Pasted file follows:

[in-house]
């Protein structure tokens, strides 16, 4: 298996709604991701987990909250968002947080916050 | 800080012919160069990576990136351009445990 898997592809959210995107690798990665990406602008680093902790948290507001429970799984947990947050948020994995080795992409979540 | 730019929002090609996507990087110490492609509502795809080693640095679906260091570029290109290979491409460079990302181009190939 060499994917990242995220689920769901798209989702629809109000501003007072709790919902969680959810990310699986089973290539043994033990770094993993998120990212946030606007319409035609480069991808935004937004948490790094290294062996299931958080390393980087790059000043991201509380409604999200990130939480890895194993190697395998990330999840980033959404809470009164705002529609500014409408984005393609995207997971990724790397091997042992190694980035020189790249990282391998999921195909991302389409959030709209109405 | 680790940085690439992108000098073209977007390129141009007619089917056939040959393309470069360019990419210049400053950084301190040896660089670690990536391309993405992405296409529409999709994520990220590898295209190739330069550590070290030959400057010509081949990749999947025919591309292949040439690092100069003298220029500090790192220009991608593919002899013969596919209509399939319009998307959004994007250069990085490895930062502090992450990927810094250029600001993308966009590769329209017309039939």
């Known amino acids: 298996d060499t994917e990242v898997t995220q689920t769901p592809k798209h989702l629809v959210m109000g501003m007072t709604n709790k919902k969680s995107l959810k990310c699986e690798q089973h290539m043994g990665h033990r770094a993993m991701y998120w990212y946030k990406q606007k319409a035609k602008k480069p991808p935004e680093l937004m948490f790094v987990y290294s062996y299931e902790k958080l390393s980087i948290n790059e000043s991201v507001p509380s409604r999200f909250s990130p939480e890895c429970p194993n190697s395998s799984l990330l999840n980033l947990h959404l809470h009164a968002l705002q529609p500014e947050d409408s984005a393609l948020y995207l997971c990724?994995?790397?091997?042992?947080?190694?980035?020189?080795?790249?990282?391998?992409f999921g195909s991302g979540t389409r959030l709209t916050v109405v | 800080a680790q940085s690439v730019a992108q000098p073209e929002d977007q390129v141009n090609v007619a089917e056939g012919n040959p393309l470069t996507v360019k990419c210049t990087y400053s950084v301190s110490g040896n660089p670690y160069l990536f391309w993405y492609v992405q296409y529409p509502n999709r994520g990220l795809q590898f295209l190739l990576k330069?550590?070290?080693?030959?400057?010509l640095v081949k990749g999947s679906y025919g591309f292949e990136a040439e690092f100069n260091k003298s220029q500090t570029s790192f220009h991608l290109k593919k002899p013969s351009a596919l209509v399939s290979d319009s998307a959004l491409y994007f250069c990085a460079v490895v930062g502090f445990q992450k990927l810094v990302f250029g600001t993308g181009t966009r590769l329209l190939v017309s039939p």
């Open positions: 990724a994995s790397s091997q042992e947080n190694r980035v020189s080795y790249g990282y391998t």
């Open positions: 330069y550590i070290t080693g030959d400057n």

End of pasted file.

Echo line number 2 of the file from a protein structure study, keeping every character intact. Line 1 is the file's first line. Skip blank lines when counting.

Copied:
């Protein structure tokens, strides 16, 4: 298996709604991701987990909250968002947080916050 | 800080012919160069990576990136351009445990 898997592809959210995107690798990665990406602008680093902790948290507001429970799984947990947050948020994995080795992409979540 | 730019929002090609996507990087110490492609509502795809080693640095679906260091570029290109290979491409460079990302181009190939 060499994917990242995220689920769901798209989702629809109000501003007072709790919902969680959810990310699986089973290539043994033990770094993993998120990212946030606007319409035609480069991808935004937004948490790094290294062996299931958080390393980087790059000043991201509380409604999200990130939480890895194993190697395998990330999840980033959404809470009164705002529609500014409408984005393609995207997971990724790397091997042992190694980035020189790249990282391998999921195909991302389409959030709209109405 | 680790940085690439992108000098073209977007390129141009007619089917056939040959393309470069360019990419210049400053950084301190040896660089670690990536391309993405992405296409529409999709994520990220590898295209190739330069550590070290030959400057010509081949990749999947025919591309292949040439690092100069003298220029500090790192220009991608593919002899013969596919209509399939319009998307959004994007250069990085490895930062502090992450990927810094250029600001993308966009590769329209017309039939």